Cameroon -Ntui

Pictured: A wedding party walks down the main road of Ntui, Cameroon on a Saturday evening, temporarily stopping traffic.

The Gender Road Project is about women’s empowerment and more equality between men and women in the region.

“We are in a very poor area; women have no access to land, finance, and then there’s the problem of gender-based violence,” says Emmanuel Marie Ateba, UN Women project coordinator. “When women are independent, they can negotiate sexual relations and more decision-making power within the family and the community. The more we empower women, the entire family benefits and women get more respect within the family.”

A 200-kilometre road (124 miles) project stretches between the townships of Batschenga, Ntui and Yoko, in central Cameroon. The road crosses farms, forests, water bodies and pastoral areas that sustain the mostly agrarian economy of nearly 40 villages and three towns.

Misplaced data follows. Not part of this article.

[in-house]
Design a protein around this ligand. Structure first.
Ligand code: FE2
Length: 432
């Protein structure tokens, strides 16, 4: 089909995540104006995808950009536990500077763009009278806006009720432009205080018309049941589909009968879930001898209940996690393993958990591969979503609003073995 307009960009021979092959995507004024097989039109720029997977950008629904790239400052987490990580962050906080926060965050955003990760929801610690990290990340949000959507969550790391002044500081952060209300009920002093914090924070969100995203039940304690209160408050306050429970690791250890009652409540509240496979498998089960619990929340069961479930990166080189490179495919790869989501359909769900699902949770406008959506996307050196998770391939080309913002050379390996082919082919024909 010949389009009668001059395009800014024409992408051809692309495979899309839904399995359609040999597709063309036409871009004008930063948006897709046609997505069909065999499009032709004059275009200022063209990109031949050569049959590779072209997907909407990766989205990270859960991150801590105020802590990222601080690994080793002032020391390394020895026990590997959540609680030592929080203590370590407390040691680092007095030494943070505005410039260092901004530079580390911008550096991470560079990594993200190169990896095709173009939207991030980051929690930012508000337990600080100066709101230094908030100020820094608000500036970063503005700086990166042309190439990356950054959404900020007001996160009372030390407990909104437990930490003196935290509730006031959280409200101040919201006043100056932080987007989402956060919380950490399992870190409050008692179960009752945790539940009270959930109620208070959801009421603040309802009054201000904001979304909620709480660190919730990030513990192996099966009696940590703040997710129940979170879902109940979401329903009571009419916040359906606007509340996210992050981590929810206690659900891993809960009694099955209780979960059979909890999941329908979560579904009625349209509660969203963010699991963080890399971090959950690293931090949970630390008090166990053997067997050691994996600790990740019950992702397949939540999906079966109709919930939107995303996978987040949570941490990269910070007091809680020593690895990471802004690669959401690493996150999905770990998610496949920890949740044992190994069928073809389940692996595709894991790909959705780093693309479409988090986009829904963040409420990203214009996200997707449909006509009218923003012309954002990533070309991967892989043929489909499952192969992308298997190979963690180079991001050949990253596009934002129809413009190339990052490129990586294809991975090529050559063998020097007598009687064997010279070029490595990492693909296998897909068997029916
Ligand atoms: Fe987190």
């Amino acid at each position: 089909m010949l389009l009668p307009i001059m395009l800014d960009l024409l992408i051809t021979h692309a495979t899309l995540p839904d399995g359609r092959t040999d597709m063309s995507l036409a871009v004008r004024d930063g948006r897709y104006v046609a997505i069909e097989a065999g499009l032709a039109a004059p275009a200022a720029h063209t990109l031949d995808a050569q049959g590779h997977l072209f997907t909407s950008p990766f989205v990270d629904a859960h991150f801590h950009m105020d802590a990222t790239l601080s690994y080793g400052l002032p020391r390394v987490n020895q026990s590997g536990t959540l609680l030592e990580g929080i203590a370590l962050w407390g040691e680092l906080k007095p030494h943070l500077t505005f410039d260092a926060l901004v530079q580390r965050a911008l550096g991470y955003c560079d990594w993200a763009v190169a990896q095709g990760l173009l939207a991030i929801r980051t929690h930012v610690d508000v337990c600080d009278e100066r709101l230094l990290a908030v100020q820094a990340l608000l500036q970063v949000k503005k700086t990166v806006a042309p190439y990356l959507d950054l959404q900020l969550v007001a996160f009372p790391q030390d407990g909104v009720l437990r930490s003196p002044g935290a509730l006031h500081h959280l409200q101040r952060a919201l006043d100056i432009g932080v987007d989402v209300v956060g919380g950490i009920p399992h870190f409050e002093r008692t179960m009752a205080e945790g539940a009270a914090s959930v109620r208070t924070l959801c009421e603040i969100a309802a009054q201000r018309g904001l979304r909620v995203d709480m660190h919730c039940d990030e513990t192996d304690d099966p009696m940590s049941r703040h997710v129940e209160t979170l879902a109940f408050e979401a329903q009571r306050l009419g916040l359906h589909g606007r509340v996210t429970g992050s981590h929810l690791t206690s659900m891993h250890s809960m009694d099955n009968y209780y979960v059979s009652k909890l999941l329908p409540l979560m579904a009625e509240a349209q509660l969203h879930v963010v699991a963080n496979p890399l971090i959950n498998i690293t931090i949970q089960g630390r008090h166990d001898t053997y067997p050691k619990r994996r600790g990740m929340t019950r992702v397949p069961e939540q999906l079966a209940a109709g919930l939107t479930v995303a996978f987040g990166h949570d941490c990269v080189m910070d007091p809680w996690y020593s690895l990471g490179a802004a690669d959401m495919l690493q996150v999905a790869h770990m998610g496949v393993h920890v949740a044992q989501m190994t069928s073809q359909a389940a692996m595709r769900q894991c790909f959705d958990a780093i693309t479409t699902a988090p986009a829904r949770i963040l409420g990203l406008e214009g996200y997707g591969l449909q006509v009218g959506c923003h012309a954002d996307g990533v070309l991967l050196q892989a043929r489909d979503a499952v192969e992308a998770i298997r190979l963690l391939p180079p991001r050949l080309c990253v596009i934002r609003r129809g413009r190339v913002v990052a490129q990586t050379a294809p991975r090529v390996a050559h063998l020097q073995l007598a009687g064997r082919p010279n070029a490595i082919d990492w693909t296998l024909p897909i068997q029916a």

The road, a basic infrastructure that many countries take for granted, literally shapes the lives and livelihood of the people living along it. It decides whether a small entrepreneur will get her products transported on time, and at what cost, and whether more people will come to a restaurant that another has invested in. It determines what markets a woman farmer can access and how often a working mother can visit her daughter who is studying in the city. The red dirt road, waiting for asphalt, will determine if food, income, job, healthcare, livelihood will come, when, and to whom.

UN Women’s “Gender Road Project”, funded by The Development Bank of Central African States and the Government of Cameroon, is aiming to reach at least 20,000 women by 2020, living in rural communities along this road, to prepare them for a better future and access to bigger markets once the road is built. The project teaches them financial and entrepreneurial skills, improved farming techniques and facilitates their access to public services and land righ